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PHYS 206 The Sun Sol PHYS 206 Solar Data Mass (kg)1.989x10 30 Mass (Earth = 1)332,830 Equatorial radius (km)695,000 Equatorial radius (Earth = 1)108.97.

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Presentation on theme: "PHYS 206 The Sun Sol PHYS 206 Solar Data Mass (kg)1.989x10 30 Mass (Earth = 1)332,830 Equatorial radius (km)695,000 Equatorial radius (Earth = 1)108.97."— Presentation transcript:

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2 PHYS 206 The Sun Sol

3 PHYS 206 Solar Data Mass (kg)1.989x10 30 Mass (Earth = 1)332,830 Equatorial radius (km)695,000 Equatorial radius (Earth = 1) Mean density (gm/cm 3 )1.410 Surface gravity (m/s 2 )273 Rotational period (days)25-36 Escape velocity (km/sec) Luminosity (ergs/sec)3.827x10 33 Apparent Visual Magnitude-26.8 Absolute Visual Magnitude+4.8 Spectral ClassG2 V Mean surface temperature5,800°C Age (billion years)4.5 Principal chemistry (by mass) Hydrogen73.4% Helium25.0% Oxygen 0.8% Carbon 0.3% Iron 0.2% Nitrogen 0.1% Silicon 0.07% Neon 0.05% Magnesium 0.06% Sulfur 0.04% All others 0.2%

4 PHYS 206 Sun’s Surface Three major parts: Photosphere, Chromosphere and Corona Photosphere: What we observe when we look at the Sun. 96 % of the light we are receiving from the Sun comes from the top 400 kms of the Sun. We can learn the temperature, pressure and density from the spectrum. T is about 5000 K. Pressure is about 1/100 of sea level. Density is about 1/10000 of sea level.

5 PHYS 206 Chromosphere First discovered during Solar Eclipses. Thin colorful layer, hence the name chromo (color) sphere. Today -> we use a device called Coronagraph The light comes from H - ions and Helium. Thickness of the chromosphere is 2,000-3,000 kms.

6 PHYS 206 Spicules in the Atmosphere The temperature in the atmosphere increases with distance (not what you would expect) At the top of the chromosphere the temperature is about 10,000 K. In the region between the corona and the chromosphere the temp goes from 10,000 K to 1,000,000 K within a few kms -> transition region. The transition region is found at different heights above the chromosphere. The existence of jet-like spikes called the spicules might explain this phenomenon.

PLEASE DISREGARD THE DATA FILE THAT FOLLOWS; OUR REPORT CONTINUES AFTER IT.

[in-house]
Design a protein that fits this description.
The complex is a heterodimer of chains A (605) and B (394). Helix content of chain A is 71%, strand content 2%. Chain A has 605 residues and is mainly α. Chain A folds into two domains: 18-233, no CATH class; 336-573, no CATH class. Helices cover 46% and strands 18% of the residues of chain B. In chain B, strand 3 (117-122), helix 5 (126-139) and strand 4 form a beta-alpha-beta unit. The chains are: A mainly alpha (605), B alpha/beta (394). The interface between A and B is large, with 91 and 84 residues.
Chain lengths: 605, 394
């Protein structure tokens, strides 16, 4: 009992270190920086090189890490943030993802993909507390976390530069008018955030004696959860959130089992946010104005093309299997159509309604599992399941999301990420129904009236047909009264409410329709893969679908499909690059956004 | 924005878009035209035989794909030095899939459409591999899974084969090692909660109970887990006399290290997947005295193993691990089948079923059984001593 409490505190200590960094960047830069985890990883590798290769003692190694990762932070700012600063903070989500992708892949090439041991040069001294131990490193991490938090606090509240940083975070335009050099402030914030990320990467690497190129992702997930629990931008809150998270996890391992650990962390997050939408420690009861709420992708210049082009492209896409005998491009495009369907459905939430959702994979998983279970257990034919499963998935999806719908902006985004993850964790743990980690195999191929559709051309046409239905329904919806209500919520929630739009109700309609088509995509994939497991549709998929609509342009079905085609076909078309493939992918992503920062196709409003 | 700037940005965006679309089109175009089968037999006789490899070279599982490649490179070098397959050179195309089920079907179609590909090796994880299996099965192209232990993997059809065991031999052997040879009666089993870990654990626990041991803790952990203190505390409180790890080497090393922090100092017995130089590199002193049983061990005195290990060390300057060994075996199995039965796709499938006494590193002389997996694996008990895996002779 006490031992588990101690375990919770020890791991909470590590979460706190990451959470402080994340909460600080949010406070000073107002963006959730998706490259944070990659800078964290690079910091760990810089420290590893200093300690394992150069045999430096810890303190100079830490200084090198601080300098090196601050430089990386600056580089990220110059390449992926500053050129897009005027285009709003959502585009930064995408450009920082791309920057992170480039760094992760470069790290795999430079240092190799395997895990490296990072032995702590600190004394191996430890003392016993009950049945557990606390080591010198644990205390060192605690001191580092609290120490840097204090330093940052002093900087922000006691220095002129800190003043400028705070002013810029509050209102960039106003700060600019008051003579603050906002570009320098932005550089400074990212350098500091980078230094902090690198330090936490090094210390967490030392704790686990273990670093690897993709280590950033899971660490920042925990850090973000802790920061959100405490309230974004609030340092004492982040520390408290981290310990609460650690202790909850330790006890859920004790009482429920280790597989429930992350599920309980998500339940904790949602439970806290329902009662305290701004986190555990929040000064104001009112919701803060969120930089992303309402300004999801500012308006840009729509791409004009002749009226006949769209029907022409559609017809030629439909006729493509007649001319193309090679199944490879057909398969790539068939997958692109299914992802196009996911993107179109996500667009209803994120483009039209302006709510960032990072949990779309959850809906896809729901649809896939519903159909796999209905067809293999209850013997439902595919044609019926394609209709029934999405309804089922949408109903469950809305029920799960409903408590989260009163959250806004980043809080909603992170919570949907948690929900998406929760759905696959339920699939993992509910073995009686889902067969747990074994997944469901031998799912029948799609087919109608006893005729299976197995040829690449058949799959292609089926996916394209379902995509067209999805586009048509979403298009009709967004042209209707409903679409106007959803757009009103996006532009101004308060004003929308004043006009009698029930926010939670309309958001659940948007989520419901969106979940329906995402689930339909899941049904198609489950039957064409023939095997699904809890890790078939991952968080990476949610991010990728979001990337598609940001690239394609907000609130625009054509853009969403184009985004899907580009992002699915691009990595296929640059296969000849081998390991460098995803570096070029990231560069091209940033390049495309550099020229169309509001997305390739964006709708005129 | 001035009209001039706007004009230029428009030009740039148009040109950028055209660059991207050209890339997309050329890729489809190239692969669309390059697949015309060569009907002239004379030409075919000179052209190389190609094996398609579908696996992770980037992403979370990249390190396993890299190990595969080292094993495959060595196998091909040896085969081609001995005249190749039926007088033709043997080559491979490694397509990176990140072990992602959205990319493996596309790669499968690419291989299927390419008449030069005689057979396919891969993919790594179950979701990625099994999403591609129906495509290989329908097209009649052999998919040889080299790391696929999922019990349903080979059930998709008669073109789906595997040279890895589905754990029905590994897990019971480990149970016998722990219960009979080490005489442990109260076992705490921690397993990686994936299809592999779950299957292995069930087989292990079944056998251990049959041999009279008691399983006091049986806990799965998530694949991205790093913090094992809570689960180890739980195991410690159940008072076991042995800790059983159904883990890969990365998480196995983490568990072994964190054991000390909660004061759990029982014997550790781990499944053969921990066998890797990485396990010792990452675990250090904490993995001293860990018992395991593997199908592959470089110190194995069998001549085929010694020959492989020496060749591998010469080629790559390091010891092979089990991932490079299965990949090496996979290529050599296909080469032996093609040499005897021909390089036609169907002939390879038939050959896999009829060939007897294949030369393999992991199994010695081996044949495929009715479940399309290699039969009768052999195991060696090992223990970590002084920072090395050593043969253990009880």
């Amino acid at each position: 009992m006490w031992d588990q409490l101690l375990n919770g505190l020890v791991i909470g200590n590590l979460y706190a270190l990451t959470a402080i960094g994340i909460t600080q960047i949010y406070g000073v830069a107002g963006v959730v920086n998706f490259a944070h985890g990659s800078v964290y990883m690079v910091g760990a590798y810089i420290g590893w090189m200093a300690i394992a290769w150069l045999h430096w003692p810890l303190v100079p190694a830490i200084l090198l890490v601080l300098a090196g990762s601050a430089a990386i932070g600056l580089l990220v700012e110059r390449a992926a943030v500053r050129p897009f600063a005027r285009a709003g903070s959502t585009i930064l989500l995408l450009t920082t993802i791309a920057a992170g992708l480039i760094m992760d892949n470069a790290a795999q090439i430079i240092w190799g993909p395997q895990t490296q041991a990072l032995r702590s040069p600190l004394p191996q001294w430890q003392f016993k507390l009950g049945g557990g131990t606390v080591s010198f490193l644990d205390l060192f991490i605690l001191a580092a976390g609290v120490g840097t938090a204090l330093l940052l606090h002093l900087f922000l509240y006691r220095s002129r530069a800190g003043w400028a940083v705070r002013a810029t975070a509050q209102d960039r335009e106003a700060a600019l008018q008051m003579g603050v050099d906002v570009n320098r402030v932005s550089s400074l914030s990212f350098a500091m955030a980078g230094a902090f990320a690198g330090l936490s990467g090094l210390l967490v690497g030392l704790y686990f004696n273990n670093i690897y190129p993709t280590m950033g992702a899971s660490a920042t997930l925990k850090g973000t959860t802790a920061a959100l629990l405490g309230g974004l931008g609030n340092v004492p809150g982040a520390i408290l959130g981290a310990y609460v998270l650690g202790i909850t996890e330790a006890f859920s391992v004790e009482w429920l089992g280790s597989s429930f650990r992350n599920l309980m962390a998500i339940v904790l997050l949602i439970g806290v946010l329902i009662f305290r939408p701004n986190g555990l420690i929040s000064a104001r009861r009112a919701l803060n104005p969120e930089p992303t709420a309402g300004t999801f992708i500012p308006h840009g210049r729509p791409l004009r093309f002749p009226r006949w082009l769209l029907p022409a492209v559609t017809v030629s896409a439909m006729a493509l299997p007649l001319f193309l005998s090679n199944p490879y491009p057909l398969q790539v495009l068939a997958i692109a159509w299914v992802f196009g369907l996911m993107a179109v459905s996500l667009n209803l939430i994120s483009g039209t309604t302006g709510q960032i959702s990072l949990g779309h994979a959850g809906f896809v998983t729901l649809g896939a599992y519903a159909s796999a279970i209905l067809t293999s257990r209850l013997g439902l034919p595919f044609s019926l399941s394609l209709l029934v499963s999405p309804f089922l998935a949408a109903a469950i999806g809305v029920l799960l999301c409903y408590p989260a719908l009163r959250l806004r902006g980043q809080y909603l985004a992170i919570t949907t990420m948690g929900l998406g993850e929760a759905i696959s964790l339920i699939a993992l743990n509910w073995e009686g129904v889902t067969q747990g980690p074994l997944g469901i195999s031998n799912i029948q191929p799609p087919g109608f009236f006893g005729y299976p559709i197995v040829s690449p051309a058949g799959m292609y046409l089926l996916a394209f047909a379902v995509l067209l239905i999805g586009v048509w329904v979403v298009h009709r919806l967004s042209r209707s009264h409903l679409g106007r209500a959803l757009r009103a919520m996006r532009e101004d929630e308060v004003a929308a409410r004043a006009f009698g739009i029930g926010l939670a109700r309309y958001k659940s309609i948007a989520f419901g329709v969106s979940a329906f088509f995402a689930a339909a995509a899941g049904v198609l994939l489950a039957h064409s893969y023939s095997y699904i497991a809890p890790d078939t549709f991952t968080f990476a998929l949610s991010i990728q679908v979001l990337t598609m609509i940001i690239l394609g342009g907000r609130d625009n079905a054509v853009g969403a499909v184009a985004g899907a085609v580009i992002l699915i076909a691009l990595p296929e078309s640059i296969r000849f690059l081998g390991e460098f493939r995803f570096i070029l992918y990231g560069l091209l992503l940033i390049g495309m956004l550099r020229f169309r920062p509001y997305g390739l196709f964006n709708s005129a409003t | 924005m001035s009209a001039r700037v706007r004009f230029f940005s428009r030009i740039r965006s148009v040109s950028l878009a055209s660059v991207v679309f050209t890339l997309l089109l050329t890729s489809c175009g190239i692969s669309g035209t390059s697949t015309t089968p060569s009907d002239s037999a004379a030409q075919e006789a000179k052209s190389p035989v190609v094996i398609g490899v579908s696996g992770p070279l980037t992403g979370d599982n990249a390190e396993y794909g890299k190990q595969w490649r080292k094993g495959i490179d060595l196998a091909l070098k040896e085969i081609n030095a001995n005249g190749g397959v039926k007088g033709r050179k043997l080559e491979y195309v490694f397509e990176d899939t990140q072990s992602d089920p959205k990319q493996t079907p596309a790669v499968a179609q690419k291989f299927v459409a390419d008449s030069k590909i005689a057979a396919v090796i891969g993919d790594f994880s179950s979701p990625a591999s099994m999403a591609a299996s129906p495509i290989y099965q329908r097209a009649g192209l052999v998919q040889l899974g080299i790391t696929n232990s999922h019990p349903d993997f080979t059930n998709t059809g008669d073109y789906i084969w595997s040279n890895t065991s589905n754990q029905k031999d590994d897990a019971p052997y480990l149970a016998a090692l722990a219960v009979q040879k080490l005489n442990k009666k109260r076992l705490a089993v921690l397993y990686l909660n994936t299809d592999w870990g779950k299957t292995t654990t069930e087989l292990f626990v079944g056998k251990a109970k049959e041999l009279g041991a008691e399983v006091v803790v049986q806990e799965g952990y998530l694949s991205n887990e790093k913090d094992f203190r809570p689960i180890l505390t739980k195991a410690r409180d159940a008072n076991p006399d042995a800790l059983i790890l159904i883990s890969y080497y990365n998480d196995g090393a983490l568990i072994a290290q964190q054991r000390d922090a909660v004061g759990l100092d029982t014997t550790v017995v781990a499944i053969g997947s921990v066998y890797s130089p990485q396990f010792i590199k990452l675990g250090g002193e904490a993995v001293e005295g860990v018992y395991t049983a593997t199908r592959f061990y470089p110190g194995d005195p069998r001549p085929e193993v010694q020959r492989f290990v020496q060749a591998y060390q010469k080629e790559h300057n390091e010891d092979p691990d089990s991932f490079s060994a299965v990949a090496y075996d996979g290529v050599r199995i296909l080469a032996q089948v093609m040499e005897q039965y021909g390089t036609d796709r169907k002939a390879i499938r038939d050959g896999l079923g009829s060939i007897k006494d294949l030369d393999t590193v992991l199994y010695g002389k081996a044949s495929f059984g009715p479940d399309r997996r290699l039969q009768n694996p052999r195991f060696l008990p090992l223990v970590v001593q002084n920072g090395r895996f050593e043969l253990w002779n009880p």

7 PHYS 206 Corona Corona is what the scientists are after during a Solar Eclipse. Question: Why are they so interested in the corona? Answer: Because the temperature is over one million degrees in the corona.

8 PHYS 206 Corona Properties The temperature of the corona is more than 1,000,000 K. The corona extends for millions of kms. (reaches beyond the Earth) Gives out only half as much light as a full moon. Very low density (1/10,000,000,000 of sea level) But because of the high T, the corona is an X-ray source. Dark regions in the X-ray, Coronal Holes -> no trapping of corona by magnetic field.

9 PHYS 206 Temperatures in the Solar Atmosphere 5,000 K at the photosphere Rises to 100,000 K in the chromosphere In the transition region within few kms the temperature increases to 1,000,000 K Density of the atoms is very low in the corona -> heat is not “dangerous”, cannot even heat up a cup of coffee. Temperature gradually drops down when we move away from the Sun.

10 PHYS 206 Solar Wind When you look at the sun using visible light, the corona looks quite uniform. However, if we use X-rays (corona is a source of X-rays), we see that there are patches in the corona -> coronal holes. Coronal holes are cool and quiet, and they are usually located at the poles. Magnetic fields leave the Sun, and then they usually loop back to the Sun trapping the hot gases in these loops -> hot gases radiate light. But if the magnetic field does not loop back (like around the poles), then the hot gases can stream out from the Sun -> Solar Wind. Solar wind is made up of electrons and protons, and has a speed of 400 km/s when it reaches the Earth. The solar wind has two major consequences for us: